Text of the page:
Is your dog afraid of men? Does she cower or try to hide is a man approaches her? Does she urinate or shake? Perhaps your dog even shows signs of aggression towards men. All of this behavior may be out of fear. The fear of men is a relatively common phobia in dogs. Fortunately, there are some things you can do to help your dog get over the fear of men.
If your dog is afraid of men, this story may sound familiar: Molly is a German Shepherd mix. If you are a woman or child, you would never guess that Molly had any behavior problems. She's a calm adult dog who loves nothing better than to snuggle or lie quietly at your feet while chewing a bone.
If a man enters the room, however, Molly becomes a different dog. She stands stiffly with her ears flattened and her tail tucked between her legs. She'll pace restlessly around the room, keeping a distance between herself and the man. As soon as the man turns his back to Molly, she will make her move, lunging to give him a serious bite. Her fear turns this mild-mannered girl into an aggressive dog.
While Molly's case is severe, it is a good example of what can happen if a dog's fear of men goes unchecked.
Causes of a Fear of Men in Dogs
When people discover that a dog is afraid of men, they very often attribute it to a bad experience. While being abused by a man may cause a lifelong fear of all men, this is not the most likely culprit.
Usually, a fear of men in dogs can be traced to not being exposed to a wide variety of men in early puppyhood. Even a dog who has lived with a man can be fearful of men who are different than the one they are familiar with. Men are usually taller than women or children, have deeper voices, and may have different features, such as facial hair. When you look at things from the dog's perspective, it's easy to see how a lack of socialization with men early on in life can lead to a lifelong fear of men.
Overcoming a Dog's Mild Fear of Men
A dog with a mild fear of men is usually easy to win over. There are a few things you can do to ease the anxiety of your fearful dog.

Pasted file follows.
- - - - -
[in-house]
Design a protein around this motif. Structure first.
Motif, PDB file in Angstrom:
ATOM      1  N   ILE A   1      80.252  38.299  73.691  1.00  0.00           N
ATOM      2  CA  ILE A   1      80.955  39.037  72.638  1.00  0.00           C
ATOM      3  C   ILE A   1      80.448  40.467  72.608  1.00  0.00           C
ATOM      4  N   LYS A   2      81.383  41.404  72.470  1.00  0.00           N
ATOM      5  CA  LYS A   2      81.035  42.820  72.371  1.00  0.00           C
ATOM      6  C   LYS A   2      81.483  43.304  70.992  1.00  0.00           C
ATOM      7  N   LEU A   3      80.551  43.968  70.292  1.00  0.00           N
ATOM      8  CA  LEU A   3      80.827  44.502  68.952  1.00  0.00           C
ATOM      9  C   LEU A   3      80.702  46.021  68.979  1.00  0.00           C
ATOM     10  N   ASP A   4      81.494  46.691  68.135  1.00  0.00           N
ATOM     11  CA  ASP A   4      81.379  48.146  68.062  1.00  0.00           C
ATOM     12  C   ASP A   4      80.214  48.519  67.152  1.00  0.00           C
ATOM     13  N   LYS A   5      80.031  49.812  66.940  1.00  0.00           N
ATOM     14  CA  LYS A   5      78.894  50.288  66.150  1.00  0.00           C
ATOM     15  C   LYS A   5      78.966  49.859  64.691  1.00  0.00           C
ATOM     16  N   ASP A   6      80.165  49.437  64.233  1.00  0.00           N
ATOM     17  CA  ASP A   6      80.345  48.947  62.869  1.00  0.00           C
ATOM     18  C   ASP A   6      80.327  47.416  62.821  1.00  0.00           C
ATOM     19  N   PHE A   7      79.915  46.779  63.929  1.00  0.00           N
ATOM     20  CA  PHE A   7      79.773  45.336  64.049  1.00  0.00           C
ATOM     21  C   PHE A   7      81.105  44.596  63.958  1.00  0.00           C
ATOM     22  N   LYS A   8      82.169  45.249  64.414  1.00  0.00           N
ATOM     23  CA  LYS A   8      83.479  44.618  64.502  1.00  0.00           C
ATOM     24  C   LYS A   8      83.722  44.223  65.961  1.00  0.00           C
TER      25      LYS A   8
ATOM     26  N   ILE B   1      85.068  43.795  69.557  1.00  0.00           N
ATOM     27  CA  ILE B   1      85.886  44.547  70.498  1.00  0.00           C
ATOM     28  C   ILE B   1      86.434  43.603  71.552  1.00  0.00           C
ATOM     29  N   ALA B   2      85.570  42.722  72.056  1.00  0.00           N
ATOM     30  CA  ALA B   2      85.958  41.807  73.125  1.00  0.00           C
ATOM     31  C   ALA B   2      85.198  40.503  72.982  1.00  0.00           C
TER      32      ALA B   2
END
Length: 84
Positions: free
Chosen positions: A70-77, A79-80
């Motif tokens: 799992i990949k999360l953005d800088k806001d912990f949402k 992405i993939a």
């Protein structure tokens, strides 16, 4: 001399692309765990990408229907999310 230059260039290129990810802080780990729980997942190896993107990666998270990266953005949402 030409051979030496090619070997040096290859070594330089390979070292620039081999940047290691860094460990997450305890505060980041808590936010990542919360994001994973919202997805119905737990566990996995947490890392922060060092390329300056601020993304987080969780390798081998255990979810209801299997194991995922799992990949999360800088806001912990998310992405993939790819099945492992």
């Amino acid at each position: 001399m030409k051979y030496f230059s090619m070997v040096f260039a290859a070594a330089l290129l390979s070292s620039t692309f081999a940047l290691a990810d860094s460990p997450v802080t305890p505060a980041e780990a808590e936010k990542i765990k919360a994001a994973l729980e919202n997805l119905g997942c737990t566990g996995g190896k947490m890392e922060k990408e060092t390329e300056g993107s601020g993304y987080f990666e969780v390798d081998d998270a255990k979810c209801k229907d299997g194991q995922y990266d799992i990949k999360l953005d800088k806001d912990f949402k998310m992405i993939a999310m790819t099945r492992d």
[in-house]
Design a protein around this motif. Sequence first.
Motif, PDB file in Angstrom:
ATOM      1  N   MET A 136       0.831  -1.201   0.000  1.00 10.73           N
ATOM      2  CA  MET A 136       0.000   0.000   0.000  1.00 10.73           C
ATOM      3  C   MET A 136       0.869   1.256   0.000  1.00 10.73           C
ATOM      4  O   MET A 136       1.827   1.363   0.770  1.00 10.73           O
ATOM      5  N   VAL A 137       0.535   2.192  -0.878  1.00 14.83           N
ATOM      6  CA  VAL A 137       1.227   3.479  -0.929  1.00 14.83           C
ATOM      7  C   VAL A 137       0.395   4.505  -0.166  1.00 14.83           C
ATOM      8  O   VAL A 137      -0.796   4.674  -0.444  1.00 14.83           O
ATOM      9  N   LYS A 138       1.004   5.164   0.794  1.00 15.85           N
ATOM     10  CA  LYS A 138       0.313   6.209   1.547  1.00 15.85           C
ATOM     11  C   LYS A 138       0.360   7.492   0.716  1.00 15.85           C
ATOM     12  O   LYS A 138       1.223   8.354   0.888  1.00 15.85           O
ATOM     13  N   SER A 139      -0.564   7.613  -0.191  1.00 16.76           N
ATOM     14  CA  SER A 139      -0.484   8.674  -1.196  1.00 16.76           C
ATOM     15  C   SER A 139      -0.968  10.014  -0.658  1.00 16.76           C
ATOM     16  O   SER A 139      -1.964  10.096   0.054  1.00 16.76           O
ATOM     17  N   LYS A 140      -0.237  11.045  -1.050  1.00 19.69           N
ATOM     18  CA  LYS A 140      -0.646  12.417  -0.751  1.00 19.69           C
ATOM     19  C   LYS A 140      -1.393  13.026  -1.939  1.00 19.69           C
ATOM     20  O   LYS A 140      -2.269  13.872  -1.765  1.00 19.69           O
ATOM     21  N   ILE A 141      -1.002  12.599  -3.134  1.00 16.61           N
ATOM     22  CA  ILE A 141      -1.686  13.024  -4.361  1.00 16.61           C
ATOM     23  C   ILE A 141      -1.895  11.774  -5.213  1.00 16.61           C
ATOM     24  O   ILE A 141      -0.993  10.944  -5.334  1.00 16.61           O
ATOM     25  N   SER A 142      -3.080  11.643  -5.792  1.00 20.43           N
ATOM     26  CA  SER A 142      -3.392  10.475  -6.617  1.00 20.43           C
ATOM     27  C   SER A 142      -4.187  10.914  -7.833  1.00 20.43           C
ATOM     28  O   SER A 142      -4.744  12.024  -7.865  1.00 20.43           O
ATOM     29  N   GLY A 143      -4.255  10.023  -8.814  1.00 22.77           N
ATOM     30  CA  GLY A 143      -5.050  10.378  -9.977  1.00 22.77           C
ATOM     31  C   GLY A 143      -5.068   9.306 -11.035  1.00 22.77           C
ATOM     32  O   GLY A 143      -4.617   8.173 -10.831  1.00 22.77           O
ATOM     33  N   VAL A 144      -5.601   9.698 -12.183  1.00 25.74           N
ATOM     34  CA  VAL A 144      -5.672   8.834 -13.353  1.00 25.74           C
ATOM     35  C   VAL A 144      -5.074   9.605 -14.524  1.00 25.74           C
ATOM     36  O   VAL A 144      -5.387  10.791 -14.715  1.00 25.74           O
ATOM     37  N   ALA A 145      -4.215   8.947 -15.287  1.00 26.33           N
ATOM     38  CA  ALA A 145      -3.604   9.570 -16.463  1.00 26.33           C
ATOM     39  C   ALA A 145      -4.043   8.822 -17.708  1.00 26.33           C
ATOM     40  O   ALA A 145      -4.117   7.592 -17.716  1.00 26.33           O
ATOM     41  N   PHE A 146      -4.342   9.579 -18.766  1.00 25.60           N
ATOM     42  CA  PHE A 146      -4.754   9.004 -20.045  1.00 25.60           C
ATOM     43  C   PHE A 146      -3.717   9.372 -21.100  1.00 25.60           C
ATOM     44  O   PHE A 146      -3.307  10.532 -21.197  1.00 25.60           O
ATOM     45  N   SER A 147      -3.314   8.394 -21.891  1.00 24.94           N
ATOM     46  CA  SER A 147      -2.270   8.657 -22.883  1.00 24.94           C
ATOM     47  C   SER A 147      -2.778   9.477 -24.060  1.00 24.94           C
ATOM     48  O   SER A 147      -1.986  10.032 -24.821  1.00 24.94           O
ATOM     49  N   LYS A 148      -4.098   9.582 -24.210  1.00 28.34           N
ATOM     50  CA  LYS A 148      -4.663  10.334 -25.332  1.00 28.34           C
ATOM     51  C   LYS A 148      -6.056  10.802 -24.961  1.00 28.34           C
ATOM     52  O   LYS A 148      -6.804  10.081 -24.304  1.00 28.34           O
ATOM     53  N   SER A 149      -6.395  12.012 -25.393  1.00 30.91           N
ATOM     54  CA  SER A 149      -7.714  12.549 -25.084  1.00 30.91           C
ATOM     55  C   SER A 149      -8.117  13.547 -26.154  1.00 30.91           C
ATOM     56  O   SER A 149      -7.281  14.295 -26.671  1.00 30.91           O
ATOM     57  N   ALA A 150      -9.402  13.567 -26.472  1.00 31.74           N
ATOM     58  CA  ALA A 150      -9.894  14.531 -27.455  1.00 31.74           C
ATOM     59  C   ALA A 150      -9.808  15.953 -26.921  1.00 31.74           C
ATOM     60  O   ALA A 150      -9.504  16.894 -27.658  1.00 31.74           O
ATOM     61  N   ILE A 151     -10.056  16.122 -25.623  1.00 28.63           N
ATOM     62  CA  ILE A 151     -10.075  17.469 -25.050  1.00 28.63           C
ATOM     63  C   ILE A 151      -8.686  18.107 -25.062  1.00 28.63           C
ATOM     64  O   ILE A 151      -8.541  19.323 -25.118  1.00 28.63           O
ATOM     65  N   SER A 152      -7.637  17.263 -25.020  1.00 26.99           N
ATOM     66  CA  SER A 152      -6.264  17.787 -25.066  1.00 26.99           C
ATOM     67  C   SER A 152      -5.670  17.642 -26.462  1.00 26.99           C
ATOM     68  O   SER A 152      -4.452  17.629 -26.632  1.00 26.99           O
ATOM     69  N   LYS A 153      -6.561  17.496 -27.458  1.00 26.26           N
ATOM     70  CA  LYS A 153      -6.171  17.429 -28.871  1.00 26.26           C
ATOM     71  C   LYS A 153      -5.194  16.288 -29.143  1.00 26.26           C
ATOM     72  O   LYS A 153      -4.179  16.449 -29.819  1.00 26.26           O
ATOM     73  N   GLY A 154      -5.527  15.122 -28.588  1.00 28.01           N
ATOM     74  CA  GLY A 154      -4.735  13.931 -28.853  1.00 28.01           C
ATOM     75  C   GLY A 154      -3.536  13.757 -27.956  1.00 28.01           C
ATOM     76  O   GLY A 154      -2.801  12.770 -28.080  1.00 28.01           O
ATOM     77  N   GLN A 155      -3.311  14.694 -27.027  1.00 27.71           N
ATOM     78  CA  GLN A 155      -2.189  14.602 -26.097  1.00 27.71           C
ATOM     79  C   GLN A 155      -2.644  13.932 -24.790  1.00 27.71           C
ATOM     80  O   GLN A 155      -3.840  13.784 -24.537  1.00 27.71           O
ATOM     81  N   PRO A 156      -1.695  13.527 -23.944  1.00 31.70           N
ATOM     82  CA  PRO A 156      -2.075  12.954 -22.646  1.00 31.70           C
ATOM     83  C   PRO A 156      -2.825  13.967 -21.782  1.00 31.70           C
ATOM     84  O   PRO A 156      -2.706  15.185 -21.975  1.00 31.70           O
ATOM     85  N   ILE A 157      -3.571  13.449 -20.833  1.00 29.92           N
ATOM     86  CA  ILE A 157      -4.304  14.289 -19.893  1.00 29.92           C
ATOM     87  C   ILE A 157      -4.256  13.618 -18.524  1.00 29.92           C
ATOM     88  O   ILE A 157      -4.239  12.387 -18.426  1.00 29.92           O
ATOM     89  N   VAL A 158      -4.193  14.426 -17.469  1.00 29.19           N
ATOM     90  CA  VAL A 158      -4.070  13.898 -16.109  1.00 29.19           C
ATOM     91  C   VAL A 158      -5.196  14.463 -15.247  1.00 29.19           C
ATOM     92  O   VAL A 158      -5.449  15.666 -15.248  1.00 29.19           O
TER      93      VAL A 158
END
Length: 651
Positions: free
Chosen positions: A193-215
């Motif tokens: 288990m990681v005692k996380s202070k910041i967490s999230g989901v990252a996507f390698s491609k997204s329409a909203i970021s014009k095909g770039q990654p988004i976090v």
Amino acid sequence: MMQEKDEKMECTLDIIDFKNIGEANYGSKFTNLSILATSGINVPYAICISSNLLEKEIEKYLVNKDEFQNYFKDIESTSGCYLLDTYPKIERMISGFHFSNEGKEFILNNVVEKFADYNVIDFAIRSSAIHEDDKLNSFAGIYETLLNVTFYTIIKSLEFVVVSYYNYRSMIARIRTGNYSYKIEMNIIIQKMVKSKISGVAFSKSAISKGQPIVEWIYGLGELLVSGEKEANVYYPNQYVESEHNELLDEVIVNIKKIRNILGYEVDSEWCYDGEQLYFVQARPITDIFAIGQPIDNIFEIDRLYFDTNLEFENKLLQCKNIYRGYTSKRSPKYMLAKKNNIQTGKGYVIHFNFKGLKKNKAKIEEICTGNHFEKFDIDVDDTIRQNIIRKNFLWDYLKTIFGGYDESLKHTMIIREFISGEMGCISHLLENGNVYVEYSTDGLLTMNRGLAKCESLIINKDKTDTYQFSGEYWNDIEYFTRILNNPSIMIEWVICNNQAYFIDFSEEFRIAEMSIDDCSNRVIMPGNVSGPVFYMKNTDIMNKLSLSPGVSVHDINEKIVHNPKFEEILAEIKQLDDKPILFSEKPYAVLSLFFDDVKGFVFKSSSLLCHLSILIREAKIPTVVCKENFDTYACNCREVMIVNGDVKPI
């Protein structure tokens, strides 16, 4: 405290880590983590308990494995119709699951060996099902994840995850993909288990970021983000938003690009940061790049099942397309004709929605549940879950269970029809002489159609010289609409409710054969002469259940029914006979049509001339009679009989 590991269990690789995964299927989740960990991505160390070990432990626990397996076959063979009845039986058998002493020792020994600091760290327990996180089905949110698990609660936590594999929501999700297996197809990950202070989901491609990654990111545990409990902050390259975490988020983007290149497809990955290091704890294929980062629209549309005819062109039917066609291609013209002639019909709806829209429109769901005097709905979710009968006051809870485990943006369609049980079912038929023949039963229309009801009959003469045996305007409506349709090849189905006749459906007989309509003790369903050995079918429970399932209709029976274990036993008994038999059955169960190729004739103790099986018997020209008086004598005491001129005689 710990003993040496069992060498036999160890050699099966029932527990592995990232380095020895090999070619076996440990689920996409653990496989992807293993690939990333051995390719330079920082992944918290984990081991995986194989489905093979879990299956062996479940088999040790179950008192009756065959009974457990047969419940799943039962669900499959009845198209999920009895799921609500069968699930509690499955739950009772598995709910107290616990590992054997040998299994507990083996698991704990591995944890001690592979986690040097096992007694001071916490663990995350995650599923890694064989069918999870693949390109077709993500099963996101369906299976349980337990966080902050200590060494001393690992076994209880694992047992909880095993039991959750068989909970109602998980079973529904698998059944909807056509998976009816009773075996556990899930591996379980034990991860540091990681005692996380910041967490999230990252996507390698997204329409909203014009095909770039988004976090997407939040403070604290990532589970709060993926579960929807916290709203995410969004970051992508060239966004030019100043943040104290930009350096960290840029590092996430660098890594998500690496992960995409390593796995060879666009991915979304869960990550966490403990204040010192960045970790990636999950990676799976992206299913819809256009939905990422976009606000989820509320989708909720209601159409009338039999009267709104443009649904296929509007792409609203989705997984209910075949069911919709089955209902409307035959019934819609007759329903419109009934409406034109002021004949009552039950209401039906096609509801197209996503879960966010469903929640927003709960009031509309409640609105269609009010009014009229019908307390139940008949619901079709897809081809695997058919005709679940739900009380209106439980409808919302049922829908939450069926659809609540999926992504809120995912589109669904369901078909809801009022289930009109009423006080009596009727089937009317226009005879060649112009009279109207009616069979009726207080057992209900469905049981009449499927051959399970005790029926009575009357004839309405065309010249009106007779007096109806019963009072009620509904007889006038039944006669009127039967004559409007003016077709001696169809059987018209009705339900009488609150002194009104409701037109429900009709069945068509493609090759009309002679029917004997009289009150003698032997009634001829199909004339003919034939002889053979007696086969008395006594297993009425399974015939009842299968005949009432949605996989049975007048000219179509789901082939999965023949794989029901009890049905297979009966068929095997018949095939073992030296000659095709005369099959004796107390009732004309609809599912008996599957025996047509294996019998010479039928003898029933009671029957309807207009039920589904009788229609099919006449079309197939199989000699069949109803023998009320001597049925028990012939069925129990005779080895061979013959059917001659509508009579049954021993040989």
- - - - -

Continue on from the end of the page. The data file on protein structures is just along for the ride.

- Don't force your dog beyond his comfort zone. If there are men in your household or men who frequently visit, don't force your dog to accept their attention. This can lead to strengthening your dog's fear at best, and a bite for you or the man preventing him from escaping his fear at worst.
- Allow your dog to approach men on his own. It may be hard for the male dog lovers in the household, but the best thing they can do is ignore the fearful dog. Trying to make friends with the dog may have the opposite effect than what is hoped for, simply intensifying the dog's fear. Allow your dog to decide how close he wants to get to the man.
- Use treats to encourage your dog. Men should keep some treats handy while they are around the dog. Any time the fearful dog gets even a little closer than usual, they can very gently toss some treats in the dog's direction. It may take awhile before the dog accepts the treats, but you may eventually be able to train your dog that good things happen whenever he approaches a man. With some time and patience, the fearful dog will be ready to accept the companionship of the men in the household.
Managing Severe Cases of Fear
In cases such as Molly's where the fear of men is severe, it may take more than time and some treats to win the dog over. In this case, there are a few things you can do to manage your dog's fear.
- Work on desensitizing your dog to men. Desensitization is the process of using treats and praise to gradually let the dog know that it is safe to approach men. In severe cases, you won't want to start with the dog and a man in the same room. Instead, try and keep your dog a safe distance from the man, and give her treats and praise. Over time, you may be able to slowly close the distance between the dog and men without the dog succumbing to his fear. Your dog may never feel completely comfortable with men, but he may be able to be in the same room without showing aggression.
- Use a dog trainer or behaviorist. In severe cases like Molly's, it is beneficial to have the help of an experienced dog trainer or behaviorist. A professional will be able to gauge your dog's comfort level to the proximity of men and can help you move ahead safely in the process of desensitization.
- Work on obedience training. The more well-trained your dog, the more likely you'll be able to get him to focus on you in stressful situations. Make daily obedience training part of your routine with your fearful dog.
- Use safety precautions around men. If a fearful dog is successful in chasing a man away by biting him, he is more likely to bite again. Rather than escalate your dog's fear-based aggression, your best bet is to take precautions to prevent a bite. Keep the dog in a different room or in his crate when men are visiting. If you meet men on walks, a muzzle might be a good idea.
Remember to be patient with your dog. It can take a lot of time for a dog to overcome a phobia. In the meantime, just be there for your dog and try to keep things as positive as possible.
Edited by Jenna Stregowski, RVT